Abu Dhabi, UAEMonday 9 December 2019

US-China trade war likely to be a marathon

America's apparent scatter-gun approach is in stark contrast to China's extreme caution but in the end neither may emerge as winners

President Donald Trump and China's President Xi Jinping approach the stand-off in very different ways. Reuters
President Donald Trump and China's President Xi Jinping approach the stand-off in very different ways. Reuters

In the fable, the tortoise wins the race because the hare lies down to take a nap after bolting into the lead.

Slow, dogged persistence triumphs over flighty arrogance. If this were the story of the US-China trade war, it’s easy to see which would be which.

Trade wars are good and easy to win, President Donald Trump famously declared on Twitter in March 2018. Since then, US policy toward China has shifted repeatedly as the president bounced from one position to another, alternately offering taunts and peace overtures. Early this month, Mr Trump ripped into China just as negotiators were about to resume trade talks in Shanghai, then overruled his Treasury secretary to announce extra tariffs in a tweet after the discussions broke down.

China has been far more cautious. Even a leader as powerful President Xi Jinping must marvel at the speed with which decisions have been made in Washington. Last week, China let the yuan slide past 7 to the dollar for the first time since 2008. Within 24 hours, the Treasury Department had formally labelled China a currency manipulator after the president lambasted the yuan’s move – on Twitter, naturally.

Caution has its advantages. Decisions are more deliberate and there’s less chance of getting caught in a trap of your own making, as Bloomberg’s editorial board pointed out last week. Case in point, the dollar strengthened after Mr Trump used the yuan’s slide to renew his call on the Federal Reserve to cut rates. Global investors reacted by fleeing risk for the safety of the greenback.

However, too much caution can also be a problem. Look at the way China has managed its domestic economic challenges and you may be doubtful that this tortoise will ever catch the hare.

The government’s approach to tremors among the country’s regional banks provides a telling example. In May, regulators carried out the first bank seizure in two decades. The People’s Bank of China took over Baoshang Bank, a lender based in Inner Mongolia, citing “serious” credit risks. The central bank said that only interbank liabilities of less than 50 million yuan (Dh25.7m) would be fully protected, in an attempt to break perceptions of an implicit government guarantee backing all lenders.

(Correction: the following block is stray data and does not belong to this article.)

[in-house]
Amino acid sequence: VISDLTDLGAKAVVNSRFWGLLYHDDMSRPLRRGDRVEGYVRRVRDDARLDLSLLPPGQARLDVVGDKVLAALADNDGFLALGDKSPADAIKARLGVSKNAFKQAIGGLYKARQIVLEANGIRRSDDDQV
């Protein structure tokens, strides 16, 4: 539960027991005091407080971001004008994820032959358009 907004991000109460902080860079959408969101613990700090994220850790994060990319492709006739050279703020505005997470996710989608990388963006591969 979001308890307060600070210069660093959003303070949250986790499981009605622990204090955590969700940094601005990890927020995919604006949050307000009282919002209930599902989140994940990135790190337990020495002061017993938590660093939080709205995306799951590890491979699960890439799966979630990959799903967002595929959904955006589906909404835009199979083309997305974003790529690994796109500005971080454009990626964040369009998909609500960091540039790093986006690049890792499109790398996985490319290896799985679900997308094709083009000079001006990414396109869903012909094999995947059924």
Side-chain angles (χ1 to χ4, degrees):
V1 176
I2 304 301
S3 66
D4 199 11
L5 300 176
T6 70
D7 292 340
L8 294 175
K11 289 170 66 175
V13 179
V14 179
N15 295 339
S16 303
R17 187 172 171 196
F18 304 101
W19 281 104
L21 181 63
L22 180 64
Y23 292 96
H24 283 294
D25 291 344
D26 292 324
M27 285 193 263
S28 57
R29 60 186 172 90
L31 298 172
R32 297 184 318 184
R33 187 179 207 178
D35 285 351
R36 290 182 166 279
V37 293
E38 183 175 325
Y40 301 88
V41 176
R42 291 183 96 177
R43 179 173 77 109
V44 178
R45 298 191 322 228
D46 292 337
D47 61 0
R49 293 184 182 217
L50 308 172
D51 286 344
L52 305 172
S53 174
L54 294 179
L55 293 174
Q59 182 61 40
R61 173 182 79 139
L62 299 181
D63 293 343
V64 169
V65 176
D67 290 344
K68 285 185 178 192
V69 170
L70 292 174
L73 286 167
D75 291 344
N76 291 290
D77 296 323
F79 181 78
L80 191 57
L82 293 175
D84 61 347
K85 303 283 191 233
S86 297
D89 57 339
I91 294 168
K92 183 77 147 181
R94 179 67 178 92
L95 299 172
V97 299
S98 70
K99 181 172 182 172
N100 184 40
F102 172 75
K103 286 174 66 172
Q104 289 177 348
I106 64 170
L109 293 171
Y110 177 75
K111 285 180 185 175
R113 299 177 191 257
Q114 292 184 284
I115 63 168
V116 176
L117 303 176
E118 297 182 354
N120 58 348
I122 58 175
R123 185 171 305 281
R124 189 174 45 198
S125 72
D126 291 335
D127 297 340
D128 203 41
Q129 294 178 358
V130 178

That decision sent jitters through the interbank and shadow-lending markets, even though the PBOC ended up guaranteeing practically all of Baoshang’s short-term loans.

The heat was too much for Beijing, however justified its handling of the issue may have been (after all, banks should consider credit risk rather than lending to each other on blind trust). Two months later, authorities took a different approach to solve another crisis case: Bank of Jinzhou, a regional institution that uses short-term interbank loans to fund shadow credit products.

Instead of a full bank seizure, the government turned to the national team, calling in state-owned heavyweights such as Industrial & Commercial Bank of China and distressed-debt manager China Cinda Asset Management to broker a rescue. The deal wasn’t cheap, as I’ve written. Investors didn’t take kindly to ICBC, the nation’s biggest lender, being press-ganged in this way. Shares of the “big four” banks sank to record lows after the bailout.

Third time’s the charm, or maybe not. Central Huijin Investment, a unit of China’s sovereign wealth fund and the owner of major stakes in the big four, will buy into Hengfeng Bank, a regional lender in the north-east province of Shandong, the 21st Century Business Herald reported Friday. This approach brings the problem on to the central government’s balance sheet – quite a commitment, given that China has more than 4,000 regional banks. The industry has a potential capital shortfall of 2.4 trillion yuan, UBS’ Jason Bedford estimates.

In these three cases, the Chinese bureaucracy has behaved like a timid tortoise. It sticks its head out tentatively to sniff the air and then pulls it back into its shell at the first sign of trouble. A few months later, the tortoise ventures forth once again – with a different face.

What’s the moral of this modern tale? The US hare is jumping around in all directions and appears not to know where the finish line is, or how to tell when it’s won. The Chinese tortoise, meanwhile, is moving so slowly that it may never get there.

At least Aesop’s fable had a winner. Welcome to the never-ending trade war.

Updated: August 12, 2019 03:27 AM

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